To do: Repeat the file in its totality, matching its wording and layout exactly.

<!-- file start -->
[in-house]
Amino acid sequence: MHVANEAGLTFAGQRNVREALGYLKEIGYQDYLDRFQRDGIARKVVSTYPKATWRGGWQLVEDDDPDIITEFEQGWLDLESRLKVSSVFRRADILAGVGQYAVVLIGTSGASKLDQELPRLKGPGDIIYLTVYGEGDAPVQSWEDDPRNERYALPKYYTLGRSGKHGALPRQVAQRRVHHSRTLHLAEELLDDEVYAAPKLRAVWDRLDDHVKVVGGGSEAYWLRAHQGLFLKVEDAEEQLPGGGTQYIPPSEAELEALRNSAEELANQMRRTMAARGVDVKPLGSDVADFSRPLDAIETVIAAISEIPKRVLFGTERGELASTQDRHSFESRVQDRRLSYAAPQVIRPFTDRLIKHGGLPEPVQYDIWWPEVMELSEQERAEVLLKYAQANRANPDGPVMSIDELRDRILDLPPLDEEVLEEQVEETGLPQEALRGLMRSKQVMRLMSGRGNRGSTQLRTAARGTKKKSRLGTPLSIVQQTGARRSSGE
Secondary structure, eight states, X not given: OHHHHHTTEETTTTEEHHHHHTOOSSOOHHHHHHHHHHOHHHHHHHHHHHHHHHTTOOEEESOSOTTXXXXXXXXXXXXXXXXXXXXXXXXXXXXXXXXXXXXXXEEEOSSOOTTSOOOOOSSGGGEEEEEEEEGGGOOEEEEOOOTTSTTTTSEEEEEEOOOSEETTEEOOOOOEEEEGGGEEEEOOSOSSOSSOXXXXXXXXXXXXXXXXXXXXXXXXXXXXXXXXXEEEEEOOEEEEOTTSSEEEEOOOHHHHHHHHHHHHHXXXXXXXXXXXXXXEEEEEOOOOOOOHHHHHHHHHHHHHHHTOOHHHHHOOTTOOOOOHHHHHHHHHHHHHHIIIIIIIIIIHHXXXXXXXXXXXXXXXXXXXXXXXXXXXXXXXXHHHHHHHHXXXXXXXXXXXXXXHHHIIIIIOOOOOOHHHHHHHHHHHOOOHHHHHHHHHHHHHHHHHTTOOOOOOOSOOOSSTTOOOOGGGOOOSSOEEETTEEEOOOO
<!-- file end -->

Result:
[in-house]
Amino acid sequence: MHVANEAGLTFAGQRNVREALGYLKEIGYQDYLDRFQRDGIARKVVSTYPKATWRGGWQLVEDDDPDIITEFEQGWLDLESRLKVSSVFRRADILAGVGQYAVVLIGTSGASKLDQELPRLKGPGDIIYLTVYGEGDAPVQSWEDDPRNERYALPKYYTLGRSGKHGALPRQVAQRRVHHSRTLHLAEELLDDEVYAAPKLRAVWDRLDDHVKVVGGGSEAYWLRAHQGLFLKVEDAEEQLPGGGTQYIPPSEAELEALRNSAEELANQMRRTMAARGVDVKPLGSDVADFSRPLDAIETVIAAISEIPKRVLFGTERGELASTQDRHSFESRVQDRRLSYAAPQVIRPFTDRLIKHGGLPEPVQYDIWWPEVMELSEQERAEVLLKYAQANRANPDGPVMSIDELRDRILDLPPLDEEVLEEQVEETGLPQEALRGLMRSKQVMRLMSGRGNRGSTQLRTAARGTKKKSRLGTPLSIVQQTGARRSSGE
Secondary structure, eight states, X not given: OHHHHHTTEETTTTEEHHHHHTOOSSOOHHHHHHHHHHOHHHHHHHHHHHHHHHTTOOEEESOSOTTXXXXXXXXXXXXXXXXXXXXXXXXXXXXXXXXXXXXXXEEEOSSOOTTSOOOOOSSGGGEEEEEEEEGGGOOEEEEOOOTTSTTTTSEEEEEEOOOSEETTEEOOOOOEEEEGGGEEEEOOSOSSOSSOXXXXXXXXXXXXXXXXXXXXXXXXXXXXXXXXXEEEEEOOEEEEOTTSSEEEEOOOHHHHHHHHHHHHHXXXXXXXXXXXXXXEEEEEOOOOOOOHHHHHHHHHHHHHHHTOOHHHHHOOTTOOOOOHHHHHHHHHHHHHHIIIIIIIIIIHHXXXXXXXXXXXXXXXXXXXXXXXXXXXXXXXXHHHHHHHHXXXXXXXXXXXXXXHHHIIIIIOOOOOOHHHHHHHHHHHOOOHHHHHHHHHHHHHHHHHTTOOOOOOOSOOOSSTTOOOOGGGOOOSSOEEETTEEEOOOO